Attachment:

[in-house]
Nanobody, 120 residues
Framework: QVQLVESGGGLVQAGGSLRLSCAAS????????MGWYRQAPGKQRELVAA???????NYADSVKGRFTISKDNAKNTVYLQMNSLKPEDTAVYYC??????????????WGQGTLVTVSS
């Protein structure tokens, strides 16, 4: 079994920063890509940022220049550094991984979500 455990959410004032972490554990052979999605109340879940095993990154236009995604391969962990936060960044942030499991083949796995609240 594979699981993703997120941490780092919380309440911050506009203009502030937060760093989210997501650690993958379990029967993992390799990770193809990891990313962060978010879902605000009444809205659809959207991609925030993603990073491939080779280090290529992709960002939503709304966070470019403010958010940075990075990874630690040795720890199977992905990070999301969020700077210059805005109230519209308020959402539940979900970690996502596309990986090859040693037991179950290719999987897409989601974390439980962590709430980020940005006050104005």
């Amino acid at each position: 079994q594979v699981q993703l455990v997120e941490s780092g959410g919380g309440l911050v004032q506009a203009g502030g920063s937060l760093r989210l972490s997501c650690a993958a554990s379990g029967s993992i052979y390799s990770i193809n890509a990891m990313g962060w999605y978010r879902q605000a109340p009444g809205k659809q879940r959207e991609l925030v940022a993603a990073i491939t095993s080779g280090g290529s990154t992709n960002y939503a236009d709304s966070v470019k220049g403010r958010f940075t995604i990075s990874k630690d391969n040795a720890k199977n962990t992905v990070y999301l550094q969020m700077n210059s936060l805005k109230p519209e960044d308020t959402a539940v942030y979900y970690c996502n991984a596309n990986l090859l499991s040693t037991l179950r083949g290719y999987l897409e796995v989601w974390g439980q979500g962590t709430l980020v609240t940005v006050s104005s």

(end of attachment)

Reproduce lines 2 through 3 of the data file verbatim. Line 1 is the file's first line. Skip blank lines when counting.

Nanobody, 120 residues
Framework: QVQLVESGGGLVQAGGSLRLSCAAS????????MGWYRQAPGKQRELVAA???????NYADSVKGRFTISKDNAKNTVYLQMNSLKPEDTAVYYC??????????????WGQGTLVTVSS